API Requests

How to execute and process results from APIs on the Stevesie platform.

Once you find an API endpoint you'd like to use (either that you have published or someone else has), then you probably want to start getting data back. We'll walk through how to execute individual endpoints, one request at a time, and get data back.

Making Requests

Making a request using an endpoint on the Stevesie platform is similar to accessing a webpage using your web browser on your computer. When you hit "execute" on our platform, we will make an HTTP request to the configured host and URL, passing all the headers and parameters you specify based on the endpoint inputs.


Each API can have specific "inputs" declared that are injected into the raw HTTP request (defined in the previous section). You can populate these inputs on the UI or via making a request over the Stevesie API and the input variables will be injected into the HTTP request.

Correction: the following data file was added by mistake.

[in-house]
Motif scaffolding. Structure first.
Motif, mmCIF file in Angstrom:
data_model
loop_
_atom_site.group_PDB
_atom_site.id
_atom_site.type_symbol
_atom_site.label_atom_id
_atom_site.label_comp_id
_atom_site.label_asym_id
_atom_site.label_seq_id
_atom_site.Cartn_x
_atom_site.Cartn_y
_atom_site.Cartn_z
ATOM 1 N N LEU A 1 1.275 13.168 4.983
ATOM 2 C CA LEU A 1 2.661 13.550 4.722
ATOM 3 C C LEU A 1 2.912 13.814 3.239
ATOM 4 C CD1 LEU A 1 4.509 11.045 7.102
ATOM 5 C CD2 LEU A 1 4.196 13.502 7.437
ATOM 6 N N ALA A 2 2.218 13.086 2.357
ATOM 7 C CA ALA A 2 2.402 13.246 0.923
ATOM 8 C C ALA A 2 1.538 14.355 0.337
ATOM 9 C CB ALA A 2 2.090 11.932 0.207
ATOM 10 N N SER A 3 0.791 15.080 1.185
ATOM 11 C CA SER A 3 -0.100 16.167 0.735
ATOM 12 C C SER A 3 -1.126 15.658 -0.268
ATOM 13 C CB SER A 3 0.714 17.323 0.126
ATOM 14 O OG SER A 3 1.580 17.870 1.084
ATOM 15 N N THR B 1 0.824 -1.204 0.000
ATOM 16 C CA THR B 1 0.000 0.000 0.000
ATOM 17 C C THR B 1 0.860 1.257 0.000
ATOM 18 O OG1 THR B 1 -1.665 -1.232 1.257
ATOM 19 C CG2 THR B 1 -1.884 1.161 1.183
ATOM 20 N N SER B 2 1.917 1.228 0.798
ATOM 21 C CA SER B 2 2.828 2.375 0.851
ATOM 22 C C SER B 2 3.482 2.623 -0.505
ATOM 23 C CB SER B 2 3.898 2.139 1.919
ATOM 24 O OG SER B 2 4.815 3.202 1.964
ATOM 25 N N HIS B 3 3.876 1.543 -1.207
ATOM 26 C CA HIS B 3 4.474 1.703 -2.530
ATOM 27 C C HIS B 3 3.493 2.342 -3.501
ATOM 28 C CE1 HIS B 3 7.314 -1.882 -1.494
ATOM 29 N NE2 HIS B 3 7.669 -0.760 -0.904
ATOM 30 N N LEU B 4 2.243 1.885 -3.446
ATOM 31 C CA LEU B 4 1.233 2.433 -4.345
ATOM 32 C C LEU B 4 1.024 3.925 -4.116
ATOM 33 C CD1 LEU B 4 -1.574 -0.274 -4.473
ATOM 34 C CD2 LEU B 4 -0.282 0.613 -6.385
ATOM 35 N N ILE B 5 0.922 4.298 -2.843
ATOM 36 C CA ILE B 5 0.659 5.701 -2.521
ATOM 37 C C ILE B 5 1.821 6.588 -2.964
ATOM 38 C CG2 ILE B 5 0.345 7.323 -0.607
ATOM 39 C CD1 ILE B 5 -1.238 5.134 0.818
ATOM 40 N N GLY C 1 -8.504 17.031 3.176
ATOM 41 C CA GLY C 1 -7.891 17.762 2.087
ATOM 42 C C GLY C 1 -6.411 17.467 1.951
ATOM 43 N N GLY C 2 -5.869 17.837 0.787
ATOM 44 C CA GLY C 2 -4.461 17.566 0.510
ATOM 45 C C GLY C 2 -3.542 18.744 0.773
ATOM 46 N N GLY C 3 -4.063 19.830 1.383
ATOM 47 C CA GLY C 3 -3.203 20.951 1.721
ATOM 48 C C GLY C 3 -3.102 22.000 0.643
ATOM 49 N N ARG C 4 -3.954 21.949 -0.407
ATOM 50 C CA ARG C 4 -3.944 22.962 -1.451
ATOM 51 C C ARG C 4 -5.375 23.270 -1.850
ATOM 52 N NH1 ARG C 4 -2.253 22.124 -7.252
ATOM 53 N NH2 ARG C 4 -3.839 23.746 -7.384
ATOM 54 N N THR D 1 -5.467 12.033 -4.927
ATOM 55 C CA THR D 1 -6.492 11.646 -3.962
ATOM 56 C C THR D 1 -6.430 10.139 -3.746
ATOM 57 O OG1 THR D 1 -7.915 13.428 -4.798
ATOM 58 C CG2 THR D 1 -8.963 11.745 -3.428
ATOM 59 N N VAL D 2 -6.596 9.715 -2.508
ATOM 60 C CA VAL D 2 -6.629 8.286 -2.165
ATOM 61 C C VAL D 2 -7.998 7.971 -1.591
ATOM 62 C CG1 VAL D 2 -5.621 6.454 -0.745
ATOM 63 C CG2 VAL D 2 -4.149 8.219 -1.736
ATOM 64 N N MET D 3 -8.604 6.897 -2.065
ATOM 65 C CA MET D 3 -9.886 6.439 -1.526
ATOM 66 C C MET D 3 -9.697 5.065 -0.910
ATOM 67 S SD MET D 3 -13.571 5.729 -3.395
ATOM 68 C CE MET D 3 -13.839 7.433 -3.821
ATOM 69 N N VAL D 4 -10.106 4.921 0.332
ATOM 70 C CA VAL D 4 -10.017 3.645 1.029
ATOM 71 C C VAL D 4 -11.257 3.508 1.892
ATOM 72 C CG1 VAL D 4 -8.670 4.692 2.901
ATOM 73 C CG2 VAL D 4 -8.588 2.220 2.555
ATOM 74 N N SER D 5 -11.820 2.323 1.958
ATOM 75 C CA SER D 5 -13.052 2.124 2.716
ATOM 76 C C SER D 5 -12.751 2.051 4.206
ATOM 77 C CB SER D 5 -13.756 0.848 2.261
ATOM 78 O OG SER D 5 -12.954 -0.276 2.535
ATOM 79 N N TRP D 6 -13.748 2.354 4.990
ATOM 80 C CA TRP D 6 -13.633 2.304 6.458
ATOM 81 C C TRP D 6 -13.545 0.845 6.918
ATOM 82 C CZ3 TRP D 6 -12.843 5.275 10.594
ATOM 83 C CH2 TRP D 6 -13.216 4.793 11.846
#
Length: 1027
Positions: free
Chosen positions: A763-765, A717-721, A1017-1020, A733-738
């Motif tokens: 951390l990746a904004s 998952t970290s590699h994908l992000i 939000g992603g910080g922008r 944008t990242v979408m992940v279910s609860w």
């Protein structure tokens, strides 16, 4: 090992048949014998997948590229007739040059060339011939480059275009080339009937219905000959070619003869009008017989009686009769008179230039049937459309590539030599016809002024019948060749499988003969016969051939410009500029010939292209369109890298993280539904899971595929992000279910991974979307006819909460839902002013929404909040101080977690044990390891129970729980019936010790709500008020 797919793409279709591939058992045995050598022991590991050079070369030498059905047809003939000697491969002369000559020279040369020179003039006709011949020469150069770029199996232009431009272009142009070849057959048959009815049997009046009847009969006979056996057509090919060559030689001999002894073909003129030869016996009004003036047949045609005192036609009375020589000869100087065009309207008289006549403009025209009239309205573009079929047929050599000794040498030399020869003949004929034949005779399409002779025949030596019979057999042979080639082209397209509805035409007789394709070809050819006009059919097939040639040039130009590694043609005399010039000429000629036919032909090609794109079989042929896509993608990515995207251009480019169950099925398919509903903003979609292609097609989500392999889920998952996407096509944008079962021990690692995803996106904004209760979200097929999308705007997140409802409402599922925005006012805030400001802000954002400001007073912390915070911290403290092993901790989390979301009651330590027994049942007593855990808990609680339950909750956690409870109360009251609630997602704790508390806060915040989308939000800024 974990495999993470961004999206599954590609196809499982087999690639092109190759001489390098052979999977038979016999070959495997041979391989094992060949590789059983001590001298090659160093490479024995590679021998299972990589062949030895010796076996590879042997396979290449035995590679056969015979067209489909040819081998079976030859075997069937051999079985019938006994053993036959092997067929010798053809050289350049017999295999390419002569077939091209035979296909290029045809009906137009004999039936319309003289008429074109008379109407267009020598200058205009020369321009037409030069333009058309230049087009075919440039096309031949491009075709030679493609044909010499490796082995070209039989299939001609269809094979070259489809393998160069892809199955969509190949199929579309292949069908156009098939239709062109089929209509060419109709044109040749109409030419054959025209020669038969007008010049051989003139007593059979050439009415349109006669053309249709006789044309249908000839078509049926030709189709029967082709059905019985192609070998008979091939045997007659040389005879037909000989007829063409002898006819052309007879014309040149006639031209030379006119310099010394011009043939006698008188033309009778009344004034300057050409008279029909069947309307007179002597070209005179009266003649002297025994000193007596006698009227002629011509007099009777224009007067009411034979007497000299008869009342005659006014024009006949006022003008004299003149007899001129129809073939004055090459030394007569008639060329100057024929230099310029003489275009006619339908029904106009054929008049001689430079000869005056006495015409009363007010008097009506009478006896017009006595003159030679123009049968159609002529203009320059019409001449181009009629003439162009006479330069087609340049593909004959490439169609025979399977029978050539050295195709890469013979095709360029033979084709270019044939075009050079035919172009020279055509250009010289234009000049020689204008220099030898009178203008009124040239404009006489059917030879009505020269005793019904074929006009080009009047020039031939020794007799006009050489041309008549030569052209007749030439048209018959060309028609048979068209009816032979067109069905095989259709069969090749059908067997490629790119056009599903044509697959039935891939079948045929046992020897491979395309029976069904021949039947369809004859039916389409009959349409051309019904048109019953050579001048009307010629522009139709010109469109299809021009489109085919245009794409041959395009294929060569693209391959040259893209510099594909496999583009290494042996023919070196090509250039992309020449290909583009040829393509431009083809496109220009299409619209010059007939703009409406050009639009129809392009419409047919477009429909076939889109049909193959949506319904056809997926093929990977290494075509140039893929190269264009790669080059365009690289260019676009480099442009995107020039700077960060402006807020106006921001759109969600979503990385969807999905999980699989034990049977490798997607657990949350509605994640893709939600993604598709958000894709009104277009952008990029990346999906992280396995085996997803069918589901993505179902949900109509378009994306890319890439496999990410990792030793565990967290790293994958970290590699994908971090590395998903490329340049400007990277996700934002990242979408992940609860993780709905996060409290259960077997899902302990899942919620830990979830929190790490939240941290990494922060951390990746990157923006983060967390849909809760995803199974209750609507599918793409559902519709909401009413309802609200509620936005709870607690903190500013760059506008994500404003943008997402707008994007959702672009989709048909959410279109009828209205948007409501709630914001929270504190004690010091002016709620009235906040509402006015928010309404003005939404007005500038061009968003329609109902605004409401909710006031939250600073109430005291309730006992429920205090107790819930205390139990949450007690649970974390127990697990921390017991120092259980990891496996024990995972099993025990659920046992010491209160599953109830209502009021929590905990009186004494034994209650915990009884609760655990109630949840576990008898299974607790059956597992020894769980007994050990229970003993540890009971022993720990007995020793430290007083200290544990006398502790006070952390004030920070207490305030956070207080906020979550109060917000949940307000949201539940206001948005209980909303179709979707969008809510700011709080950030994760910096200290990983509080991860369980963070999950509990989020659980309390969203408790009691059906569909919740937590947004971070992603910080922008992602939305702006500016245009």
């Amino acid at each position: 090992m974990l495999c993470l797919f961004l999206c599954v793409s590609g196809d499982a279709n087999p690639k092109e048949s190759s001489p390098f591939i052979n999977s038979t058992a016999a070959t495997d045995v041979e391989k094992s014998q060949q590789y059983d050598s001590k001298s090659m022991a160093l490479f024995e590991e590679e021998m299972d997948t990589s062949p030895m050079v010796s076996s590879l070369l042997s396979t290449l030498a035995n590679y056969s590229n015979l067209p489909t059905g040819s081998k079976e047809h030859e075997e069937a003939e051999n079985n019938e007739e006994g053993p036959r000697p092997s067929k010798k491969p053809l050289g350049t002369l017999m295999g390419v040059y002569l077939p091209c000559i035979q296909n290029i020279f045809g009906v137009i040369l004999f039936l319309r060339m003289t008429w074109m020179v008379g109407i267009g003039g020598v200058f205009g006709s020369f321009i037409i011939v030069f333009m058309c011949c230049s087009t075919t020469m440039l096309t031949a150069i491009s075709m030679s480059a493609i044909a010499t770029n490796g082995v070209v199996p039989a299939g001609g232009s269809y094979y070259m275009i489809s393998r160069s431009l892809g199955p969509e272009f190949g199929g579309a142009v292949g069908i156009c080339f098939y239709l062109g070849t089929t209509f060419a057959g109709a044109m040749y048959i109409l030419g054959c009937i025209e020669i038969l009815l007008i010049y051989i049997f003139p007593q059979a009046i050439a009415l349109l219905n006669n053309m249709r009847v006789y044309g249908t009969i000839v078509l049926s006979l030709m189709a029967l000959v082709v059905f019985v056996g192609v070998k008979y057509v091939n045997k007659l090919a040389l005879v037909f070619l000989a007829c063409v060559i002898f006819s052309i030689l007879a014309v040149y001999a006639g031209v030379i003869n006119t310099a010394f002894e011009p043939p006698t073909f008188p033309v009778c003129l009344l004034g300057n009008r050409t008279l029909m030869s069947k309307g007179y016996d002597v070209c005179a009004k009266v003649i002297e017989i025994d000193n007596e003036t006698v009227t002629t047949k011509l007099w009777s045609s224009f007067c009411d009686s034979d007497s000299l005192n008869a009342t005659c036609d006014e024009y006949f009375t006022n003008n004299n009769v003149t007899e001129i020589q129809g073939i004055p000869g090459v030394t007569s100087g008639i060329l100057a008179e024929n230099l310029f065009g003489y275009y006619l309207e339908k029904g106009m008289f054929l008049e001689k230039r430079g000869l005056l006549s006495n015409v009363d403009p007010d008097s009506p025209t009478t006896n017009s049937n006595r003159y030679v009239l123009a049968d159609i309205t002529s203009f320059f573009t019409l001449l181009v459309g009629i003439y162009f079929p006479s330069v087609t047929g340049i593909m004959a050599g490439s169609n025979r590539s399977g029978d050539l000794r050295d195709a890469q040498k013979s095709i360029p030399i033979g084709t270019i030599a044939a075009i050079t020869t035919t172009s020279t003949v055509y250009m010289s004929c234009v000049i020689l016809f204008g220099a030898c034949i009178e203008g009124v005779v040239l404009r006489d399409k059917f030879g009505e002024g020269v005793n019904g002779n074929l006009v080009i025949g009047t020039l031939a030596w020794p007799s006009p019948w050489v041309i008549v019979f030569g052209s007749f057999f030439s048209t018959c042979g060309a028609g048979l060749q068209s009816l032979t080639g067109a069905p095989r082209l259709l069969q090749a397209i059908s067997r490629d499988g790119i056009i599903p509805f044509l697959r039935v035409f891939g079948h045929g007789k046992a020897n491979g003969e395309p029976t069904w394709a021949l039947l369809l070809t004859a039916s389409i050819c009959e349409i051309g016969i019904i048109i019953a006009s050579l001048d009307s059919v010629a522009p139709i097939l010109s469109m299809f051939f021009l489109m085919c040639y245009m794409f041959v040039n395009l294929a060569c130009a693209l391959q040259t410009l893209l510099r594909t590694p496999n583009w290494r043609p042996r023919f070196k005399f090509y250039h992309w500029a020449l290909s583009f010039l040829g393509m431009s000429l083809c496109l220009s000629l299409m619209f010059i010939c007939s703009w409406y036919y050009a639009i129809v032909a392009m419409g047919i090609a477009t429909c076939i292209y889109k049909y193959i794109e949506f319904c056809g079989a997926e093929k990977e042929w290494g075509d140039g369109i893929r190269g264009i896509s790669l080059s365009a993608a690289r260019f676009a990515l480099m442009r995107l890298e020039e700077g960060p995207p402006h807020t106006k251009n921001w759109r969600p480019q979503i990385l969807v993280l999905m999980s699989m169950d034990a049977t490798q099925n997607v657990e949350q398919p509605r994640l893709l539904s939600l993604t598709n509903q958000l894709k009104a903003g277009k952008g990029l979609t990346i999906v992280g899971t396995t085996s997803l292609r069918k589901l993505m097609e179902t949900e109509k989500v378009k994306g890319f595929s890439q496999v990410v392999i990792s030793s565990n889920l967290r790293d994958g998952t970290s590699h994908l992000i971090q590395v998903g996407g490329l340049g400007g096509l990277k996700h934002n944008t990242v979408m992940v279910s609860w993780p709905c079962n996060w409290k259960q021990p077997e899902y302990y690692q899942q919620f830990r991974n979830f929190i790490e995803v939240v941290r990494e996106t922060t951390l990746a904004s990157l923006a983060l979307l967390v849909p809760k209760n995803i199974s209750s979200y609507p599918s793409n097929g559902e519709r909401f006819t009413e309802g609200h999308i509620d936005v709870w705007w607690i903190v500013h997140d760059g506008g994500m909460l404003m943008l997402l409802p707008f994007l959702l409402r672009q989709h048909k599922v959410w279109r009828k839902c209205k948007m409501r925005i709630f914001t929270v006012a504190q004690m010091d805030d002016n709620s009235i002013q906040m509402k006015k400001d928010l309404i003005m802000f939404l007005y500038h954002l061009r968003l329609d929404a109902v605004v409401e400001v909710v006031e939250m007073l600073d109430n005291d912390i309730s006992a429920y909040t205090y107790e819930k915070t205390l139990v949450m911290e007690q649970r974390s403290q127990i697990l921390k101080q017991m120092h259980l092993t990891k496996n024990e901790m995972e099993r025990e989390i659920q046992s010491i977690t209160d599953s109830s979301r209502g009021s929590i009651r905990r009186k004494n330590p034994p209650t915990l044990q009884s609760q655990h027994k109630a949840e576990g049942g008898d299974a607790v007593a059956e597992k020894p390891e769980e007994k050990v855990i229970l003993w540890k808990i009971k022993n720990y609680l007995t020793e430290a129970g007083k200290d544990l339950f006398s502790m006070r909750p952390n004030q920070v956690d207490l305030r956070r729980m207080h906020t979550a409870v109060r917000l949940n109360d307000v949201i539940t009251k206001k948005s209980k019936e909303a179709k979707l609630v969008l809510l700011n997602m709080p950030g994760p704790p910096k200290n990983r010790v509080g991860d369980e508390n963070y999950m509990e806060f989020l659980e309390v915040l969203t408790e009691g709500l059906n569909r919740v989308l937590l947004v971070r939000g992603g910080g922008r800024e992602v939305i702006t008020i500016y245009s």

When the API sends back data, it's typically in JSON format specific to the API provider, often messy, overly-hierarchical and non-standard. The Stevesie platform automatically "flattens" these JSON structures into a standardized "collections" format you can more easily access. You can also access the raw JSON if needed for internal development purposes.


Any request made to an API is performed over a proxy, either one that we provide as part of our service or as a proxy you provide via a custom proxy URL. This means that your IP address' reputation is protected at all times.

Rate Limiting

All users have a global rate limit of one request per second per proxy across all endpoints. Premium tier users have increased rate limits to one request per second per proxy per app (meaning they can access multiple APIs at one request per second each simultaenously). You will receive a rate limiting error from us if you exceed this rate!

Third party API providers may also have their own rate limits which you may encounter. For example, some APIs may only let you access them a few times every minute (which is more restrictive than our rate limit).

Next: Data Extractors »